Something I Said – Gay Marriage Dwight Hobbes Insight News archives Gay marriage is wrong? For whom? As long as it’s between adults, the only people a marriage concerns are the one the proposing and the one answering. Regarding gay, lesbian, bi-sexual, transgender and, for that matter, heterosexual unions, unless someone is popping the question to you or me, it’s none of our business. Joseph Phillips, as his Nov. 20 Insight commentary demonstrates, doesn’t understand that. Added to which, he compares apples to oranges, equating non-hetero marriage with, of all things, slavery: obviously he doesn’t comprehend much about the history, much the less the reality, of being Black in America. All he shows any understanding and knowledge of is how to bend over backward minding somebody else’s business. Phillips doesn’t offer a reasoned premise. Instead, he postures on a bully pulpit of whining, self-righteous rhetoric that holds less water than a leaking sieve. His stilted rationale: “[The majority decision by] the Supreme Court of New Jerseyâ¦effectively found that homosexual unions were morally equivalent to heterosexual unionsâ¦basedâ¦in part on societies’ changing opinions and attitudes.Â Changing opinions, though, no matter how heartfelt, are not a valid standard by which to measure the morality of behavior.Â It was not changing attitudes that ended slavery, for instance; it was the ascendance of the principle of equality.” Phillips blithely glosses over, in deciding what is and isn’t “a valid standard”, the fact that he has no right to measure someone else’s morality in the first place — especially since no in question is asking to marry him. His circular musing over semantics about attitudes versus a principle’s ascendance is moot. In addition, this has nothing to do with slavery. The matter at hand is discrimination, denying a basic civil right. Anyone who has had even a nodding acquaintance with African American history or learned anything on the wrong end of prejudice realizes the difference. “Societies have uniformly seen marriage as a positive good because marriages produce, protect and educate children”, Phillips proclaims. Â “The state supports marriage because it has rightly recognized that families are the primary source of moral education in our society, and a free society has a vested interest in strong, healthy, stable heterosexual families.” Let’s take that pat propaganda point by point and have an unvarnished look at straight marriages. They may be the heart and soul of Norman Rockwell paintings, but in life they are a crapshoot. Barbara Whitehead and David Popenoe’s 2004 report “The State of Our Unions”, prepared at Rutgers University for the National Marriage Project, acknowledges what for ages has been common knowledge: about as often as not, marriages go to hell in a hand basket. It’s also common knowledge that marriages that remain under the same roof don’t necessarily stay intact, that they can wind up some pretty miserable affairs that are more about appearances than substance. One of the hardest things to do is fit two individuals into one relationship. And, clearly, being straight doesn’t guarantee any lock on marital strength, health or stability. As for traditional marriages being a rightly recognized source of moral education, then where are all the rapists, murderers, domestic abusers, embezzlers and politicians coming from? The stork? Even if you happen to be a by-the-good-book Christian who goes by the tenet that it was Adam and Eve, not Adam and Steve, you do not have the right to, as it were, cast the first stone. The most devout Christians adhere to the First Commandment, yet don’t lose a wink of sleep counting Hindus deities. But, when it comes to their next door neighbors, busy-bodies like Phillips just have to stick their nose into another’s bedroom. “For millennia”, he claims, “societies have rejected homosexual marriage not because they are all a bunch of bigots, but because human reason has judged that homosexual behavior is wrong.” Hello? They have judged homosexual behavior is wrong, because they are a bunch of bigots. And, no matter how Joseph Phillips tries to dress his up narrow-minded stumping as legitimate comment, he reveals himself to be a knee-jerk homophobe. As well, the cloying sentimental ploy of dragging slavery into things lays bare his feeble logic. In short, he talks like a fool.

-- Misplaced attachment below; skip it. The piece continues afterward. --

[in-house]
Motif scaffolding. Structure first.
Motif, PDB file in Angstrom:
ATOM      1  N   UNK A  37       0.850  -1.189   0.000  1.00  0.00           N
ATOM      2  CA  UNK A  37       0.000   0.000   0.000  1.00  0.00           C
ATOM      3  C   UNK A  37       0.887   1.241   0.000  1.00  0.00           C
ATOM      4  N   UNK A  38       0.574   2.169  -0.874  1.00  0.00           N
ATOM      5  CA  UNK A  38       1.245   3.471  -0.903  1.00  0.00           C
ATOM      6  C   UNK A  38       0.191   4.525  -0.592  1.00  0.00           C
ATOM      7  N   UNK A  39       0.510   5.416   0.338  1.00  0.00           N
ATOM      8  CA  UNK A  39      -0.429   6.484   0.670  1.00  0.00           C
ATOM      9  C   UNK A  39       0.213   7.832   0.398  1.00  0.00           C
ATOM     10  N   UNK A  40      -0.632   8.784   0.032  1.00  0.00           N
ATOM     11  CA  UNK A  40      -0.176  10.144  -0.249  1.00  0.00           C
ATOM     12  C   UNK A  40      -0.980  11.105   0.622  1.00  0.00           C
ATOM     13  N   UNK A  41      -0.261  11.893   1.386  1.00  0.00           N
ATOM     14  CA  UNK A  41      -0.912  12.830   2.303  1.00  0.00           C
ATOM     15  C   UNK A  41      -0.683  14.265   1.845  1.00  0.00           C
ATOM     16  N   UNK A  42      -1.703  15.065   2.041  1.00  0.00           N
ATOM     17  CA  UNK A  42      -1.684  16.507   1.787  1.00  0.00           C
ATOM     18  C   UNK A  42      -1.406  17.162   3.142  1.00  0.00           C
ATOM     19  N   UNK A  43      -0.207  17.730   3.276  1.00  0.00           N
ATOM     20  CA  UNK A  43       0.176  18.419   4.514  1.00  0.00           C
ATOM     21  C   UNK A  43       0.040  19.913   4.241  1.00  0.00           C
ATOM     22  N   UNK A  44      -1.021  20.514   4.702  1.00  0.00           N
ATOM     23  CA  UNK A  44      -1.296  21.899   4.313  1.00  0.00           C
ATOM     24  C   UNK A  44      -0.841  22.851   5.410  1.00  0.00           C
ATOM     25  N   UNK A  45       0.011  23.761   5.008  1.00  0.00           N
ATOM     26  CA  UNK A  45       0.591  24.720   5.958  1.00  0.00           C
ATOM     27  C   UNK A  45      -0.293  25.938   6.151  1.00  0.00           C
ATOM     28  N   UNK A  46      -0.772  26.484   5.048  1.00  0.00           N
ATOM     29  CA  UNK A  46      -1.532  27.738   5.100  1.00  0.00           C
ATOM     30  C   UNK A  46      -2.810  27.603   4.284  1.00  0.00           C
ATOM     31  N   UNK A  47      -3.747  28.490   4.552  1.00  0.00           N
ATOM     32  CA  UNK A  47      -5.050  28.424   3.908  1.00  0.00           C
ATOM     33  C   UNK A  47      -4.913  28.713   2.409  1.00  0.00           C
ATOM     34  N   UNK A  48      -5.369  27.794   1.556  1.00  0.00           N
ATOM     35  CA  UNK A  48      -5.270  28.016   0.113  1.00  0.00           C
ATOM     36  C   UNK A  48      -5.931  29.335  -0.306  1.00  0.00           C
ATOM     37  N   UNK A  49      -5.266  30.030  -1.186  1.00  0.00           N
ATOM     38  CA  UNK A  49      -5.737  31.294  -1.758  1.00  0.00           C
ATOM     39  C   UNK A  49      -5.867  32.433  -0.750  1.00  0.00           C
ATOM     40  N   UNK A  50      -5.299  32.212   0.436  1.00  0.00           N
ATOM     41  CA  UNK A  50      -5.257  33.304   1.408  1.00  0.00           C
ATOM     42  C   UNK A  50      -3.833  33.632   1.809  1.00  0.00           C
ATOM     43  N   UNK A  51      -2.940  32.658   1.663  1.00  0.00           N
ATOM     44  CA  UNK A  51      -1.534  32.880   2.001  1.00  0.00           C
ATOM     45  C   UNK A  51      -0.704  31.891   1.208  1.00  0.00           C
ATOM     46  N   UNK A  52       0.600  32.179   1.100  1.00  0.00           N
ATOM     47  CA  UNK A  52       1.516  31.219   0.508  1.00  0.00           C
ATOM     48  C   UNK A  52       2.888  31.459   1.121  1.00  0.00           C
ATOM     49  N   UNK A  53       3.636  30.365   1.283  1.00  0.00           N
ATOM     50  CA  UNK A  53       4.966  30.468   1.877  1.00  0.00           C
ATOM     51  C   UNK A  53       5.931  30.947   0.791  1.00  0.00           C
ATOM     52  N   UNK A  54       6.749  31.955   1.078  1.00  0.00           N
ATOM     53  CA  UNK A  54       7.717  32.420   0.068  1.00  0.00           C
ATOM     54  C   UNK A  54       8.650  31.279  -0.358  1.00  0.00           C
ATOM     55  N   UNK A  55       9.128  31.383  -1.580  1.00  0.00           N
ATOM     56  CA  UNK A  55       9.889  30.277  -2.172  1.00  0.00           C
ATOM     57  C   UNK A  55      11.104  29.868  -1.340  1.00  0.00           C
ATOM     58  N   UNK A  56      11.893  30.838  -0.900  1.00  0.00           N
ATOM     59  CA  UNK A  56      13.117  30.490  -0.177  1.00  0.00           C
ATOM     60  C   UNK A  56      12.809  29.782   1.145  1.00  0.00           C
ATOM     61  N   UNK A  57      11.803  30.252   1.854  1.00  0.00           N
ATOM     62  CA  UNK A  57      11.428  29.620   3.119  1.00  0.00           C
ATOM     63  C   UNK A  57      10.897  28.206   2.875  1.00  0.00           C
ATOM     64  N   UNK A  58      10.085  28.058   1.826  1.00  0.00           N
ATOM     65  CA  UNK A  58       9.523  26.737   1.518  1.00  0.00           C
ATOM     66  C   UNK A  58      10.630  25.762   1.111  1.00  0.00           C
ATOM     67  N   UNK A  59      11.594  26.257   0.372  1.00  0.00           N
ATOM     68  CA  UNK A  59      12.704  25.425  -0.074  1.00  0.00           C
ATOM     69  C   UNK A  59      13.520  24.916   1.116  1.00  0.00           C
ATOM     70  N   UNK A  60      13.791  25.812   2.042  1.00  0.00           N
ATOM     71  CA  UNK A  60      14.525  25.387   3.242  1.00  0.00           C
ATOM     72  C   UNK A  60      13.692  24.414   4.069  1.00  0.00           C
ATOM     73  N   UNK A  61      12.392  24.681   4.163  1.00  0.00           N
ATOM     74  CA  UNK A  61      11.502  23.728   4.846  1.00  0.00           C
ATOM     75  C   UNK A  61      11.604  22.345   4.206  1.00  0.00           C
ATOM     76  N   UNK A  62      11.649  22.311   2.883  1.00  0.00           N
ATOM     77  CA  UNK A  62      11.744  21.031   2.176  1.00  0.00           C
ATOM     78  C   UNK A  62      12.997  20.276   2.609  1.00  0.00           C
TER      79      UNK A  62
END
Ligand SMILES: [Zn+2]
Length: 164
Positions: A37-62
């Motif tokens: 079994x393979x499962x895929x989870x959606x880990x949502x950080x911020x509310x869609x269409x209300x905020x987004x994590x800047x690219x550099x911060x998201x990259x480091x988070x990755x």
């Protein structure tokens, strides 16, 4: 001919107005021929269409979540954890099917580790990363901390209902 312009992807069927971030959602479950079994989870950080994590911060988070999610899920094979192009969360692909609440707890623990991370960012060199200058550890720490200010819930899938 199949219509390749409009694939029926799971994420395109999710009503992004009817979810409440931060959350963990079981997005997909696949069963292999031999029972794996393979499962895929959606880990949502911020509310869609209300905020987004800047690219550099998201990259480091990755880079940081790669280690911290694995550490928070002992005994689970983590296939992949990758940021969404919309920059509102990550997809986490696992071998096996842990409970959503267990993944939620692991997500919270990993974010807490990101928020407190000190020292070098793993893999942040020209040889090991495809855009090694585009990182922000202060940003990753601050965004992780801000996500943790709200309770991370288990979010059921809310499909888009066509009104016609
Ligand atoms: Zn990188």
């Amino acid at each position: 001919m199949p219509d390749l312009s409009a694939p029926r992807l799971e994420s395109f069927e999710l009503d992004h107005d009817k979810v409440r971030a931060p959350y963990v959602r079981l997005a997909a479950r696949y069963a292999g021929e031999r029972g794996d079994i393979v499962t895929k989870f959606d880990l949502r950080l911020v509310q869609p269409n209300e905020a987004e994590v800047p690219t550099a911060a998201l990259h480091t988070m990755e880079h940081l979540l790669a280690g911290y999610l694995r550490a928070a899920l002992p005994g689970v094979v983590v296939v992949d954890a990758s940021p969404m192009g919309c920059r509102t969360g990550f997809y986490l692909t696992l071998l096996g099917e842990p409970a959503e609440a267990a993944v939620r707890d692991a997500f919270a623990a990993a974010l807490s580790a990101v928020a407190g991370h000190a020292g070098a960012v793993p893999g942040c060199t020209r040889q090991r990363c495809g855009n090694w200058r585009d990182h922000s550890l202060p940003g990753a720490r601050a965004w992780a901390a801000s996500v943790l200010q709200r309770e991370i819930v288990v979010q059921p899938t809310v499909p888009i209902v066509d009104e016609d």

Dwight Hobbes has written for ESSENCE, Reader’s Digest, Washington Post, Minneapolis Star Tribune, St. Paul Pioneer Press, City Pages, Mpls/St. Paul, MN Law & Politics, Pulse of the Twin Cities, Twin Cities Daily Planet, Women & Word, San Diego Union-Tribune and Minnesota Spokesman-Recorder (where he contributes the commentary column Something I Said). Â He’s spoken his mind over National Public Radio, Minnesota Public Radio, Blog Talk Radio’s UNOBSTRUCTED and KMOJ in Minneapolis and St. Paul. Was regularly featured as guest commentator on NewsNight Minnesota (KTCA-Minneapolis/St. Paul) and Spectator (Minneapolis Television Network). His monthly column “Hobbes In The House” in MN Spokesman Recorder speaks to domestic abuse and rape. His plays are Shelter – produced at Mixed Blood Theatre by Pangea World Theater, Dues – produced by Mixed Blood Theatre, University of Southern Illinois in Point of Revue, selected for Bedlam Theatre’s 10-Minute Play Festival and published by Playscripts, Inc. You Can’t Always Sometimes Never Tell – produced by Theater Center Philadelphia, Long Island University, reading at The Kennedy Center and published in the anthology CENTER STAGE, In the Midst – produced by Long Island University, starring Samuel E. Wright. Â Hobbes spoke on the panel “Farewell To August Wilson” at the Guthrie Theater, broadcast on Conversations With Al McFarlane (KFAI, KMOJ). Singer-songwriter Dwight Hobbes recorded the single “Atlanta Children” (BeatBad Records) and gigged 10 years in the Long Island/NYC area, including The Other End, Kenny’s Castaways and My Fathers Place. Â He fronted the Boston blues band Midlight. Â In Minneapolis, Hobbes opened for David Daniels at First Street Entry, James Curry at Terminal Bar, sat in with Yohannes Tona, Alicia Wiley at Sol Testimony’s Soul Jam, The New Congress at Babalu, Willie Murphy at the Viking Bar and Wain McFarlane & Jahz at Lucille’s Kitchen. Dwight Hobbes still drops in at the occasional open mic around town. www.myspace.com/dwighthobbesmusic